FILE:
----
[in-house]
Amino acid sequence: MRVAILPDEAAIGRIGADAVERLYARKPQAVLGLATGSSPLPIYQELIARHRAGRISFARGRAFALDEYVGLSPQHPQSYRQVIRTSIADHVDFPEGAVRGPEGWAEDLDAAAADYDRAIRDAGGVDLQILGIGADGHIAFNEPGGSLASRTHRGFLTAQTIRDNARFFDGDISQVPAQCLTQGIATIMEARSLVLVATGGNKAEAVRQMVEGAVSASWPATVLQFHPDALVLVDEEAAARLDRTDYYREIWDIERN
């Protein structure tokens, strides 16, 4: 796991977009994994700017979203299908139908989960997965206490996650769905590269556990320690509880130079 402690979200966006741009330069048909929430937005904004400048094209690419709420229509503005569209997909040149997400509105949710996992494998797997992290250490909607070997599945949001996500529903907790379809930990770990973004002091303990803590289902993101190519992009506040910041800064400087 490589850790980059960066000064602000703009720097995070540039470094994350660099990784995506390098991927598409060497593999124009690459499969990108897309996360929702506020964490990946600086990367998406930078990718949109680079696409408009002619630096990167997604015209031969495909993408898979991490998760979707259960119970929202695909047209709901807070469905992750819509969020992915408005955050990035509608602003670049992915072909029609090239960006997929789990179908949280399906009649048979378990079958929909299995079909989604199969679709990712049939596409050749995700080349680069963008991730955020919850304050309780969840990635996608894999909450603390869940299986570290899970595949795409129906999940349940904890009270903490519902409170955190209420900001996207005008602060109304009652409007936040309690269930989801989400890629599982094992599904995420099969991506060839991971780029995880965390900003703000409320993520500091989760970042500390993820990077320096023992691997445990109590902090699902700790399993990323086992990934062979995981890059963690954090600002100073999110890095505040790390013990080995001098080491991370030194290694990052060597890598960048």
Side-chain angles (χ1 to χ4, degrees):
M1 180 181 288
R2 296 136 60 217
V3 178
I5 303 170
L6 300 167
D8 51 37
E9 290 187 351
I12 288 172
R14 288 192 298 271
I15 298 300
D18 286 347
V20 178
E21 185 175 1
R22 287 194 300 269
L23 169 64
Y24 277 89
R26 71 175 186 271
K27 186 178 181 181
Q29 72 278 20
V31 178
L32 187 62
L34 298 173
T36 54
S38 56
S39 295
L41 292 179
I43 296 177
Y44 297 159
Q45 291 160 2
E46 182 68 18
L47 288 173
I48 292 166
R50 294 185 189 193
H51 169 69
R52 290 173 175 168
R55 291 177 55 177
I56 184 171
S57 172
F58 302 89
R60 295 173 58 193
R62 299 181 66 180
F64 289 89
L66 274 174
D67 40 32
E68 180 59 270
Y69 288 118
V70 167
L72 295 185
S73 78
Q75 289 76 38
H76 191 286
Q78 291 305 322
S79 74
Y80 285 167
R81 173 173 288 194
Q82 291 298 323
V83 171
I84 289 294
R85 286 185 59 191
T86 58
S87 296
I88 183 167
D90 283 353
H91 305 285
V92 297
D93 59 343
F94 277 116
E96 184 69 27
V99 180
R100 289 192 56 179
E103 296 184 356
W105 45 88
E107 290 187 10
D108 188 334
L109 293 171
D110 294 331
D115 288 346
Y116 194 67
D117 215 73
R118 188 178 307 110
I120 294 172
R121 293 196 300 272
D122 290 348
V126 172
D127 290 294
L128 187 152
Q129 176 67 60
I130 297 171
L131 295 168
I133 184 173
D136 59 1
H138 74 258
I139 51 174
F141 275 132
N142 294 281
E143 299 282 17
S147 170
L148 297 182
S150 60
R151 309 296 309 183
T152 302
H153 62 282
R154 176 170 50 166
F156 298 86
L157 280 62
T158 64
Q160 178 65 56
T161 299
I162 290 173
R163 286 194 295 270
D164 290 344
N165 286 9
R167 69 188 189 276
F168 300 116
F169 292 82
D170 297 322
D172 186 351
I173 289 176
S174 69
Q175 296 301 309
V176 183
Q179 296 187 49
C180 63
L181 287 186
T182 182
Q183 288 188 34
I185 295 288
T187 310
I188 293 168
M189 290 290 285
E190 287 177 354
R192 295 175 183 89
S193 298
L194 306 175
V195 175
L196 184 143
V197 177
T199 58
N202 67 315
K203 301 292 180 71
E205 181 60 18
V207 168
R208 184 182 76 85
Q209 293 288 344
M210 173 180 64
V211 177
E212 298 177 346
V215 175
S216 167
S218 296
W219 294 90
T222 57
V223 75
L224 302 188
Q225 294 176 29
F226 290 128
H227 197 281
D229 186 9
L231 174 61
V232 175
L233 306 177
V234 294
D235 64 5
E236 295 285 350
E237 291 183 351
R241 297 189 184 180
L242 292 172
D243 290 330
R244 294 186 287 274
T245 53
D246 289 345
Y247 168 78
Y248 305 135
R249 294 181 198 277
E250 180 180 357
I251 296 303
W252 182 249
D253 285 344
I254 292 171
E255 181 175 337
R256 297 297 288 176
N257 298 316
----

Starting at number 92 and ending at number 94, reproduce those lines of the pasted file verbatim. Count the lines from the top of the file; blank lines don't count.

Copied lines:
I130 297 171
L131 295 168
I133 184 173